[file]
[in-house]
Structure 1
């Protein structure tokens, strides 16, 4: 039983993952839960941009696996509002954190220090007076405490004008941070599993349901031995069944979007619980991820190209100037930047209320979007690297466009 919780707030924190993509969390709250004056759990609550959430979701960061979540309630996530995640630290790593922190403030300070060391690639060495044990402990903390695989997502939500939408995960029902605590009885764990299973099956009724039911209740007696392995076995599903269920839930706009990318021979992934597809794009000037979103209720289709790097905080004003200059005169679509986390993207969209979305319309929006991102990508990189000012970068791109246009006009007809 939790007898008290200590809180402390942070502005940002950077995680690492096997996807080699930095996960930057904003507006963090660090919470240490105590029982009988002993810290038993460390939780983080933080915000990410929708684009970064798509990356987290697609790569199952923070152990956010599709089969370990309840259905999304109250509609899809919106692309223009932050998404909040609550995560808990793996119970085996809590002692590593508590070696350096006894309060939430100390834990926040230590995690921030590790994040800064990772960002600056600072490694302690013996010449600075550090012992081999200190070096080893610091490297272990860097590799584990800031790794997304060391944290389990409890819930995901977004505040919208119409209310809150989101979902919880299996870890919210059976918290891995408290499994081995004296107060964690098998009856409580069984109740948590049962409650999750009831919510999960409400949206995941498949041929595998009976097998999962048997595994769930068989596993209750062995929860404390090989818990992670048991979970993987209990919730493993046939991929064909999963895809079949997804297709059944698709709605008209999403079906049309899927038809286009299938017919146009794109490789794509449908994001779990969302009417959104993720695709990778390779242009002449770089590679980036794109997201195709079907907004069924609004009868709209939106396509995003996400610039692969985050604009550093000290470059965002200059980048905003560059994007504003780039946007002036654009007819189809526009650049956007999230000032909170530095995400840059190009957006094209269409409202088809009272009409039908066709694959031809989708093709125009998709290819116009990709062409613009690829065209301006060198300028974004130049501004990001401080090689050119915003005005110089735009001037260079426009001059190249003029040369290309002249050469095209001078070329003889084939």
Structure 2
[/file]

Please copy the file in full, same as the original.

[in-house]
Structure 1
């Protein structure tokens, strides 16, 4: 039983993952839960941009696996509002954190220090007076405490004008941070599993349901031995069944979007619980991820190209100037930047209320979007690297466009 919780707030924190993509969390709250004056759990609550959430979701960061979540309630996530995640630290790593922190403030300070060391690639060495044990402990903390695989997502939500939408995960029902605590009885764990299973099956009724039911209740007696392995076995599903269920839930706009990318021979992934597809794009000037979103209720289709790097905080004003200059005169679509986390993207969209979305319309929006991102990508990189000012970068791109246009006009007809 939790007898008290200590809180402390942070502005940002950077995680690492096997996807080699930095996960930057904003507006963090660090919470240490105590029982009988002993810290038993460390939780983080933080915000990410929708684009970064798509990356987290697609790569199952923070152990956010599709089969370990309840259905999304109250509609899809919106692309223009932050998404909040609550995560808990793996119970085996809590002692590593508590070696350096006894309060939430100390834990926040230590995690921030590790994040800064990772960002600056600072490694302690013996010449600075550090012992081999200190070096080893610091490297272990860097590799584990800031790794997304060391944290389990409890819930995901977004505040919208119409209310809150989101979902919880299996870890919210059976918290891995408290499994081995004296107060964690098998009856409580069984109740948590049962409650999750009831919510999960409400949206995941498949041929595998009976097998999962048997595994769930068989596993209750062995929860404390090989818990992670048991979970993987209990919730493993046939991929064909999963895809079949997804297709059944698709709605008209999403079906049309899927038809286009299938017919146009794109490789794509449908994001779990969302009417959104993720695709990778390779242009002449770089590679980036794109997201195709079907907004069924609004009868709209939106396509995003996400610039692969985050604009550093000290470059965002200059980048905003560059994007504003780039946007002036654009007819189809526009650049956007999230000032909170530095995400840059190009957006094209269409409202088809009272009409039908066709694959031809989708093709125009998709290819116009990709062409613009690829065209301006060198300028974004130049501004990001401080090689050119915003005005110089735009001037260079426009001059190249003029040369290309002249050469095209001078070329003889084939």
Structure 2